I was an idiot!

No, I would have to phone Amy tomorrow with a plausible excuse. I needed to get out of going. Disrupting my routine with something so terrifying could only have negative results.


As I walked home from work in the early hours of the morning, activity burst loudly all around me. Having lived in such a small town my whole life, it never ceased to amaze me how busy the city always was—even at a time like this, when it really should all be peaceful. The noise was annoying, it infiltrated my brain, but in a weird way it also blocked everything else out. If I was concentrating on the constant humming, then I couldn’t think. When I started to think, it could quickly get dangerous. My brain would take me to the places that I actively tried to avoid, the ones that threatened to bring on the all-encompassing depression that I spent my time trying to fight against.

I climbed up the endless stairs of my apartment building, my legs feeling like I’d been working for forty hours, rather than nine. I still got tired and achy from time to time, but it was nothing compared to the way I’d been before. That was the one real positive of not dying—at least all the side effects from being sick had virtually gone. I wouldn’t have been able to cope if I still had the soul destroying chronic pain.

As I pushed the door open to my home, I let out a sigh—not so much one of relief. It was more an escape of air from a breath that I couldn’t quite seem to stop holding.

What a fucking mess.

Not just the apartment—although it certainly wasn’t as tidy as I’d like it—more my life. Even the thought of having to ring Amy tomorrow was overwhelming. I was on the edge of my capability as it was, and adding that one small task felt like too much.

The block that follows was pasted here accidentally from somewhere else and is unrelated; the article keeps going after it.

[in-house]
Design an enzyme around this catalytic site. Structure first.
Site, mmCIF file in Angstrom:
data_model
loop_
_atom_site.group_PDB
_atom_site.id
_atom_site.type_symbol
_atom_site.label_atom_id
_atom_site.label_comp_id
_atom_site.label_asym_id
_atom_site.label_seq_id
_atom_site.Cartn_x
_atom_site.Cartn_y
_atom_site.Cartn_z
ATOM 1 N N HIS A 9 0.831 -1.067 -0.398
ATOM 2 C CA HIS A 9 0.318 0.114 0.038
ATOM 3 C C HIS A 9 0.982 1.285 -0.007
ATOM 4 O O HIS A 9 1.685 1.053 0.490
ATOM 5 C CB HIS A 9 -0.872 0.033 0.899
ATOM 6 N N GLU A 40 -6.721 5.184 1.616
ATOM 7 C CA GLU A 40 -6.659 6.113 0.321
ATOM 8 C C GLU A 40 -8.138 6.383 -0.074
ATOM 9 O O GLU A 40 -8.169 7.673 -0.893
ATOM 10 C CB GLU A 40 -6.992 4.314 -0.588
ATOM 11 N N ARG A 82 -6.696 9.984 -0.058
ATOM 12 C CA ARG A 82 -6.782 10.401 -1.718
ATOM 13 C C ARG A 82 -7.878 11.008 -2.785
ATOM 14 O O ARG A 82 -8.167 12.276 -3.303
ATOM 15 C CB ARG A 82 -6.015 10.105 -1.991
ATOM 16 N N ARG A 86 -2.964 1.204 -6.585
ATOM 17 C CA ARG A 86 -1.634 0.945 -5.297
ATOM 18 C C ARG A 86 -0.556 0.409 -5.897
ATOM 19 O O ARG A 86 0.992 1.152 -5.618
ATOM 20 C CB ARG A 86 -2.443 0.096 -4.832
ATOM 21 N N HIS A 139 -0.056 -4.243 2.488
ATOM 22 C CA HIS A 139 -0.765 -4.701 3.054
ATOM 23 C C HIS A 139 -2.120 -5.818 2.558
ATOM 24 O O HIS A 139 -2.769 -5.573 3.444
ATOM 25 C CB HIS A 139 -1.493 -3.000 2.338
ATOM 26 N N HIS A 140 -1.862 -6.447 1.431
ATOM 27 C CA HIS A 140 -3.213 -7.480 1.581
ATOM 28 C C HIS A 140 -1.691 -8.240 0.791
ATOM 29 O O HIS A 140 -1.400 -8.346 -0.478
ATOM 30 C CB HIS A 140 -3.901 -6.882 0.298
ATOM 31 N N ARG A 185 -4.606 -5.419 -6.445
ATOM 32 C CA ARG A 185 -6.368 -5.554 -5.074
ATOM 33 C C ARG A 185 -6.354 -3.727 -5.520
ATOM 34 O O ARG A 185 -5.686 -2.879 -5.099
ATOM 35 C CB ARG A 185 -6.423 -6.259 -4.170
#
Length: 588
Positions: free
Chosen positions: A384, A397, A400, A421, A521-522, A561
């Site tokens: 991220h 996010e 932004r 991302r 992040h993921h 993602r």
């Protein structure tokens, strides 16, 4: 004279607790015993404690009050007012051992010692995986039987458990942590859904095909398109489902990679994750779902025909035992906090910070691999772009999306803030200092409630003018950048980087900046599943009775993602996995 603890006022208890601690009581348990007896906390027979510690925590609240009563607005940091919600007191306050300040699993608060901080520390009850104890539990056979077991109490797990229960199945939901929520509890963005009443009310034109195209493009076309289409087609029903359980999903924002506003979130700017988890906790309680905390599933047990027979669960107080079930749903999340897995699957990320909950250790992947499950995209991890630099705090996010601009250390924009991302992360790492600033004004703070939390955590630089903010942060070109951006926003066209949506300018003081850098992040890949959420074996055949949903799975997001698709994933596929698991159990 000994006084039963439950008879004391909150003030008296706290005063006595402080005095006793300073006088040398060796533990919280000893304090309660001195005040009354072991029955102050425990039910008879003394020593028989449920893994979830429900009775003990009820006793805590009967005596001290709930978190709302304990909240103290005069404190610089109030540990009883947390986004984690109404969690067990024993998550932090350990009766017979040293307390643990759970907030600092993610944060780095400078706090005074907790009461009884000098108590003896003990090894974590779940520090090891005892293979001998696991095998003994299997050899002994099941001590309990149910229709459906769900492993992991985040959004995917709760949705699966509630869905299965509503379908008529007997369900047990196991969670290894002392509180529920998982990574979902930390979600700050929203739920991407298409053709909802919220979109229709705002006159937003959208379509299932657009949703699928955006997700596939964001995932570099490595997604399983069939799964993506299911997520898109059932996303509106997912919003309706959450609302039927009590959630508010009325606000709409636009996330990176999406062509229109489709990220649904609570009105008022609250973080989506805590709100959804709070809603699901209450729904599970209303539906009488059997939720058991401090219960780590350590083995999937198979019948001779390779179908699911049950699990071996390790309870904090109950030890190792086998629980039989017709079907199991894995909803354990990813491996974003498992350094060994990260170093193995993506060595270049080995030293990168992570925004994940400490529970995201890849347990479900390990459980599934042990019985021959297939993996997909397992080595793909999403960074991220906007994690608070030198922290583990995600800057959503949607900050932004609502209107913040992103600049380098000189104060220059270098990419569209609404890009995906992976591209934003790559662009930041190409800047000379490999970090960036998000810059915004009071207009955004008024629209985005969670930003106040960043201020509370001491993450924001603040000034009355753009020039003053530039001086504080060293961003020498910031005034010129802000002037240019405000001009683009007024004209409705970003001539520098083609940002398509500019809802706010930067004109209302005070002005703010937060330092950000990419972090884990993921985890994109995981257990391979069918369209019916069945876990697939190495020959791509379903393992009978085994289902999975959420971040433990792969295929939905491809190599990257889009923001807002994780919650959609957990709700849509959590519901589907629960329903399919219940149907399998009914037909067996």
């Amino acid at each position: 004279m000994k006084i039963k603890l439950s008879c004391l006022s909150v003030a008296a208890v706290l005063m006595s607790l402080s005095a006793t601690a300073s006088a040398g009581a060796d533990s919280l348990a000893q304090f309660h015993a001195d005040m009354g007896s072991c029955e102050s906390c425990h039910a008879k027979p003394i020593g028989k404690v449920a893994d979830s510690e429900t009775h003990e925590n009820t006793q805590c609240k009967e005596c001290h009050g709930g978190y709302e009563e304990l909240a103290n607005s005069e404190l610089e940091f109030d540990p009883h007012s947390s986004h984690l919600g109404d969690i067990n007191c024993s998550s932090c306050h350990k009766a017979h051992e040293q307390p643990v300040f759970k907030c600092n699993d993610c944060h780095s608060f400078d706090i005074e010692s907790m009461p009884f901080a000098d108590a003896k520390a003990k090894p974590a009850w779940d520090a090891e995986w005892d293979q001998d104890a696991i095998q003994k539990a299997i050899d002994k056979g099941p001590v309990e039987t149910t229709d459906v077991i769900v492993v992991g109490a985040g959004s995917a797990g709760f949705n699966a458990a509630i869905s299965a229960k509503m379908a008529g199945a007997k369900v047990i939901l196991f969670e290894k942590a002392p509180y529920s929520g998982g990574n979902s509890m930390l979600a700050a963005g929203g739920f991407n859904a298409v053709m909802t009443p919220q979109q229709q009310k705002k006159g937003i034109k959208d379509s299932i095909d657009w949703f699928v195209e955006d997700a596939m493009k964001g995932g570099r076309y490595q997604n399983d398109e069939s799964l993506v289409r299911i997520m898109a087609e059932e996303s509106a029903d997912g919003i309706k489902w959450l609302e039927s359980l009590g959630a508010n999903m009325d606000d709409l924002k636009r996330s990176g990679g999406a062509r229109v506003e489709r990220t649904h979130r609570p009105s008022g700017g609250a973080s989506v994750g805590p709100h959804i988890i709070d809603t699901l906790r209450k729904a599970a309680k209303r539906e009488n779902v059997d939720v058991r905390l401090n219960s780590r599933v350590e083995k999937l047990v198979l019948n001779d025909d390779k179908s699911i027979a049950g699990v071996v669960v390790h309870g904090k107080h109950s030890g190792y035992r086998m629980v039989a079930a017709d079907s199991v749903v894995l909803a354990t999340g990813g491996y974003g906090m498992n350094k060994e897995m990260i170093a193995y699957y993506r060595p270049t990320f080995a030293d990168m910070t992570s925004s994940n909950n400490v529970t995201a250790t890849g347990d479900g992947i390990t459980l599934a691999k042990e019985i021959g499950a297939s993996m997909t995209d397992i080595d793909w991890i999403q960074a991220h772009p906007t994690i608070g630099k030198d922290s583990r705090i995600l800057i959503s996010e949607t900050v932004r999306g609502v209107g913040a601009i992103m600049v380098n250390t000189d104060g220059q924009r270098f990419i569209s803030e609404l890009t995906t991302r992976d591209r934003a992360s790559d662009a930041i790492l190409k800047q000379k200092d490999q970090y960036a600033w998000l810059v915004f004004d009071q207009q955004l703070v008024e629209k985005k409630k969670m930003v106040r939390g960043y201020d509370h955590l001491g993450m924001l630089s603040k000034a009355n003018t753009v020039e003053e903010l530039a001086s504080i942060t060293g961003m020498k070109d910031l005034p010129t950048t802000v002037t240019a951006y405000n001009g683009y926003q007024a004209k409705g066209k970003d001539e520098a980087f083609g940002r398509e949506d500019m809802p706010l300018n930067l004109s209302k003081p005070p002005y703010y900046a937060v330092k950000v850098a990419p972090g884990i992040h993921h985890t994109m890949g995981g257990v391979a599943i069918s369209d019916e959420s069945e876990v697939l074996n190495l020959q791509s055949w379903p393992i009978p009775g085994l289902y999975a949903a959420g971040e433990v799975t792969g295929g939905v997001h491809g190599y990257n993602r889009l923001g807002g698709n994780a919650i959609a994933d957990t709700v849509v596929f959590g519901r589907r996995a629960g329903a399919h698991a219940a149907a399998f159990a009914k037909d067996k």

It was ridiculous. I must have been the least able-to-function adult possible.

I lay down in my bed, just staring at the small crack in the ceiling, wondering if there was any chance that it could be getting bigger. If it was getting larger, did that mean the whole ceiling might come crashing down at any moment? If so, would that kill me, or would I just end up hurt?

I couldn’t recall the last time I properly slept. Most of the time I just lay there, staring at that same crack, worrying about it, thinking about it, concentrating on it so hard that I didn’t have to think about anything else. Every so often, a little memory would shake through—the trip to Spain, the final party, skinny dipping in the freezing cold ocean...just because—and I had to turn over onto my side, just to force them away. Reminiscing, remembering the past, it always brought a horrible black hole of sadness with it.

I didn’t want to think about the old me, I didn’t deserve to. When I was going to die, I was more alive than I’d been, and that cut me deep. Now that my whole future stretched out in front of me, I had no idea what to do with it, so I didn’t do anything. I was cold, numb, alone, and I didn’t even care enough to change.

What people couldn’t understand was that I knew how to die. I understood that. It was living I still couldn’t wrap my head around.

For a second, I wondered what would’ve happened if I’d had a normal life that wasn’t plagued by illness. Would I be at university, would I be an artist, would I be a banker? I just had no idea. By the time it had come to making that sort of decision, my future was already in jeopardy, and what I was left with now was a whole lot of nothingness.